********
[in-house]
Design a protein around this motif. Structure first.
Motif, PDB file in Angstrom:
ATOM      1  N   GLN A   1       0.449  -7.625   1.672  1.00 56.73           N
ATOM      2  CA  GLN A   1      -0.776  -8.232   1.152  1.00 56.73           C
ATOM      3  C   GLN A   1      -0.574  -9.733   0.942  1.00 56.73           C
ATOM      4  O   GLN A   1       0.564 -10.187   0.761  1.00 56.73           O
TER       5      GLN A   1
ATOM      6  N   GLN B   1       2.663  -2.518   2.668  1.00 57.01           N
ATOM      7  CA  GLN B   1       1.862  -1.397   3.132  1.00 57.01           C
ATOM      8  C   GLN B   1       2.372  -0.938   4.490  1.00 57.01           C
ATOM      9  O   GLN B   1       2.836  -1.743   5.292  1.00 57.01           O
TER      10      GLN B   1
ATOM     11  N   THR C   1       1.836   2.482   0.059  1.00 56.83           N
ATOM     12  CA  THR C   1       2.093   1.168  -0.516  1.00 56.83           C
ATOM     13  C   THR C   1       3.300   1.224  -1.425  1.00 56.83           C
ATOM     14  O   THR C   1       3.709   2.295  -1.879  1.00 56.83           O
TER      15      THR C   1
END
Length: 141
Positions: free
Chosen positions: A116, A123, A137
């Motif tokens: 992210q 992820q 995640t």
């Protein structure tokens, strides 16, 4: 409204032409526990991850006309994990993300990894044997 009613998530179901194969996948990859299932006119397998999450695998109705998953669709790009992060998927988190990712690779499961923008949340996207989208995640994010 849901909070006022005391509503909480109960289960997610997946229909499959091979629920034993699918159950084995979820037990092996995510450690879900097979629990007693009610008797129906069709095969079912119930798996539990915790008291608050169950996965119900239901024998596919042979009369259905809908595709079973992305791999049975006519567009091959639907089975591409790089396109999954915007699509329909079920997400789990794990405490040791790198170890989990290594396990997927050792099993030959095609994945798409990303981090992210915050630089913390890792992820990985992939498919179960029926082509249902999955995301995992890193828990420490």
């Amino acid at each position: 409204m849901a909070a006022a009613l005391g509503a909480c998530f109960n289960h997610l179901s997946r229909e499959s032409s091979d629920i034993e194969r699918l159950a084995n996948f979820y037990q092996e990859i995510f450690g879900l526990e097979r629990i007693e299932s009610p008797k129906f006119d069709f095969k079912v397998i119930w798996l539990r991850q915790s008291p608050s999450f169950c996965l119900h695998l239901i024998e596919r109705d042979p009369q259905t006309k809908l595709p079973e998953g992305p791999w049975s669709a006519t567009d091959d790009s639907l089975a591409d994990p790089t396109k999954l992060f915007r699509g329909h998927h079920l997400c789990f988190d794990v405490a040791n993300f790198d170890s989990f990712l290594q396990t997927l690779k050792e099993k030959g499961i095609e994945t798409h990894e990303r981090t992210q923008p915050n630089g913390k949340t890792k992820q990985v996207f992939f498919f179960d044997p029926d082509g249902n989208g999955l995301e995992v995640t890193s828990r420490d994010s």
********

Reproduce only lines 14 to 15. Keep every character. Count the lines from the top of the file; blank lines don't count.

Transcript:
ATOM     11  N   THR C   1       1.836   2.482   0.059  1.00 56.83           N
ATOM     12  CA  THR C   1       2.093   1.168  -0.516  1.00 56.83           C